Exercise in a Chair by Phil Chave
Gentle Exercises for Extra Health, Mobility & Vitality
News. How Exercise Helps Prevent Falls, Pain and Aching Joints in the Elderly
Stories and news items that show why muscle based mobility exercise is good and falls are bad.
Part of the problem of advising on what exercises, and how much exercise to do, is that everybody is different, at different ages, at different levels of capability, with complicated and independent mindsets and beliefs, and with different needs.
Also, and on a par with that is the fact that the media has not done a very good job of getting the information out to the public in a way that is easy to understand and that they can take onboard and implement in their daily lives. Worse than that, the information we are given is conflicting, often misguided and sometimes downright dangerous.
But one thing that all scientists, nutritionists, therapists and medical professionals agree on, is that we are a species that is designed to keep moving. We are structured for movement. When we don't move for long periods, we stagnate, conglutinate, thicken up, harden off, slow down and atrophy to the point where we end up with muscles pain, joint pain, and a build up of lymphoedema.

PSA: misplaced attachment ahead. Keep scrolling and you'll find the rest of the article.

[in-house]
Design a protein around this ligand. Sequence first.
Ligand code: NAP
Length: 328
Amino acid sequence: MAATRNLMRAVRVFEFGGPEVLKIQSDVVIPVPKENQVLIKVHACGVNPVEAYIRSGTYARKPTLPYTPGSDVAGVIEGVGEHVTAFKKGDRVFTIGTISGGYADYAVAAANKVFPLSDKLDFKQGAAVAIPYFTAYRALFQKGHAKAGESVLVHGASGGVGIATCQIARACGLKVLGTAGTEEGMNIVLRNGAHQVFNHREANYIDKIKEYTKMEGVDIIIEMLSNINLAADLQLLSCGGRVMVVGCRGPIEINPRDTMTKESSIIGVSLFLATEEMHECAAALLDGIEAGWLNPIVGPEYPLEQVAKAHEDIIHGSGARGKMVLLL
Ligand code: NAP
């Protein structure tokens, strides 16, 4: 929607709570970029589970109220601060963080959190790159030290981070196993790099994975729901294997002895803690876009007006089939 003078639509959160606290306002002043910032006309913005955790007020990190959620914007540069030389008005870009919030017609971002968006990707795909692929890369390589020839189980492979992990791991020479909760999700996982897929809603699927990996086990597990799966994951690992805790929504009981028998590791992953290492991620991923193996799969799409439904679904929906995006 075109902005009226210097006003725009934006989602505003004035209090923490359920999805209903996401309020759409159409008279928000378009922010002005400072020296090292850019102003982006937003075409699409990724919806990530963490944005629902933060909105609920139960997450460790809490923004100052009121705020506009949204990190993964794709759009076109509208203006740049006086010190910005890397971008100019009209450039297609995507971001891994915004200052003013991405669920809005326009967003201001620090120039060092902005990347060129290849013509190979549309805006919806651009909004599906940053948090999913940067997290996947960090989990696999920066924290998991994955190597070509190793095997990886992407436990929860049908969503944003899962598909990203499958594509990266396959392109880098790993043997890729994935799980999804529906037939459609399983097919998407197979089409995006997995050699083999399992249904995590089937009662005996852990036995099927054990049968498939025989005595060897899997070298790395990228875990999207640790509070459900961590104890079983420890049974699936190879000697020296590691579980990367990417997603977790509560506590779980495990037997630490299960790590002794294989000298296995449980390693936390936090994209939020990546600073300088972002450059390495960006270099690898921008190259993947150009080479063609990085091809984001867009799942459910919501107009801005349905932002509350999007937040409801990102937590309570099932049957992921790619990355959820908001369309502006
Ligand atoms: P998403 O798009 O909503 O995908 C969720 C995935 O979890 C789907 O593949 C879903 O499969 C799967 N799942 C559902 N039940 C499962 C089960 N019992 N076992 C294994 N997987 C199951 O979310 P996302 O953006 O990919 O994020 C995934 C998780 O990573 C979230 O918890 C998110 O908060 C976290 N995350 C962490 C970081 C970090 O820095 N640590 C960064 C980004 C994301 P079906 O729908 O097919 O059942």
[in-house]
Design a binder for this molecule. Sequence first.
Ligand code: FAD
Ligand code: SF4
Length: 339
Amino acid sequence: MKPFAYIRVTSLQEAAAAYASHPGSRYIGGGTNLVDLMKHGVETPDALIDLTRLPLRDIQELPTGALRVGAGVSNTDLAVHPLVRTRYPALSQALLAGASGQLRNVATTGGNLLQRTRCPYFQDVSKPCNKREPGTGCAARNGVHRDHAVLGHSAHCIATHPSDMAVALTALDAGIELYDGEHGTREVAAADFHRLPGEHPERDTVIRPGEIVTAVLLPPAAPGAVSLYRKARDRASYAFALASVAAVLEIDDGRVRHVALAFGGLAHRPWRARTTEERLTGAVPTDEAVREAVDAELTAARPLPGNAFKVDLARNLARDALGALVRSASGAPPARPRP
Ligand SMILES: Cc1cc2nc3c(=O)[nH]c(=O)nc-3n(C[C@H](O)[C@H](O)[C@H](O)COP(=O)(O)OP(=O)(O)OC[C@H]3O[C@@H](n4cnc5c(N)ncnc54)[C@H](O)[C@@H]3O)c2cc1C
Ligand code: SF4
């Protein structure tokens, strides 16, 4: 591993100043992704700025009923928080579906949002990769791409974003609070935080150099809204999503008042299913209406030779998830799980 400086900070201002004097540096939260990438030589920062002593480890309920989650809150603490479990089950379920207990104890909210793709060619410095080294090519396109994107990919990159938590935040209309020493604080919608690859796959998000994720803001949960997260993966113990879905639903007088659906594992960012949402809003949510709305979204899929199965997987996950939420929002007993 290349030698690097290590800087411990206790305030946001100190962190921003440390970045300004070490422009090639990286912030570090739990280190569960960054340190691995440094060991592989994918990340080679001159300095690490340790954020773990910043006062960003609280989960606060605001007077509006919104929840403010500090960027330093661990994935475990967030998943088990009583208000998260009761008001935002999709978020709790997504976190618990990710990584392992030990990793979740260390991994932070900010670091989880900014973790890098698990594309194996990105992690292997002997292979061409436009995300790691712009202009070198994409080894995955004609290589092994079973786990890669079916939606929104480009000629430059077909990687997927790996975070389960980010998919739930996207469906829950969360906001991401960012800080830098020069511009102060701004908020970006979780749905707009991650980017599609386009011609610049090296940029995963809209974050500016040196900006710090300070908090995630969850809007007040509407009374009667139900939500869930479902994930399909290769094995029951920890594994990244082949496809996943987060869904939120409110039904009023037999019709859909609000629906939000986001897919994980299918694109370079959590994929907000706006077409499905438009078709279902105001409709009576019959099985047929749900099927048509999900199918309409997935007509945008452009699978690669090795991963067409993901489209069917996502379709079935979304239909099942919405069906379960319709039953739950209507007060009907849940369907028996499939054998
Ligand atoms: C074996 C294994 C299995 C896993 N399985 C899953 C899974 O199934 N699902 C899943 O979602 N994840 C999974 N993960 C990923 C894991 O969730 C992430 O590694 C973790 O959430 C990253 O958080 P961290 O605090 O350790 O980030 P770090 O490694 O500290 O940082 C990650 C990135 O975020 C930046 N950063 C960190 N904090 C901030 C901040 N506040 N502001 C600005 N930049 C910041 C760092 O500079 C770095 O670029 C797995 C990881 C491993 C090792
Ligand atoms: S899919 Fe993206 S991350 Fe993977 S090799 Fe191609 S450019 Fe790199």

1. BBC Health News, 2011. Falls are one of the leading causes of death for old people. A third of over 65's, and half of over 80's will fall each year, and it is thought that 14,000 people in the UK die as a result. Treatment costs the NHS and social care in England around £6.5 million a day.
Age UK and the British and American Geriatrics Societies have updated their advice to recommend gentle exercises to improve strength and balance. Research shows that programmes for improving strength and balance can reduce the risk of falls by as much as 55%.
Exercise in a Chair is specifically designed to address this issue.
2. BBC Health News, 2013. Falling over can be a frightening experience, but it can also lead to a loss of confidence and isolation, especially when you are elderly or on your own. This means an older person can be less likely to go out for walks, or take regular exercise and the fall threat can become a self-perpetuating circle.
Wrists are usually the first casualty of a fall and hips the second. This can often the beginning of a downward spiral of inactivity and ill health. Exercise in a chair will encourage you to become more active, to improve strength and balance and improve confidence.
Exercise in a Chair is designed to help with balance, enhance strength and increase confidence.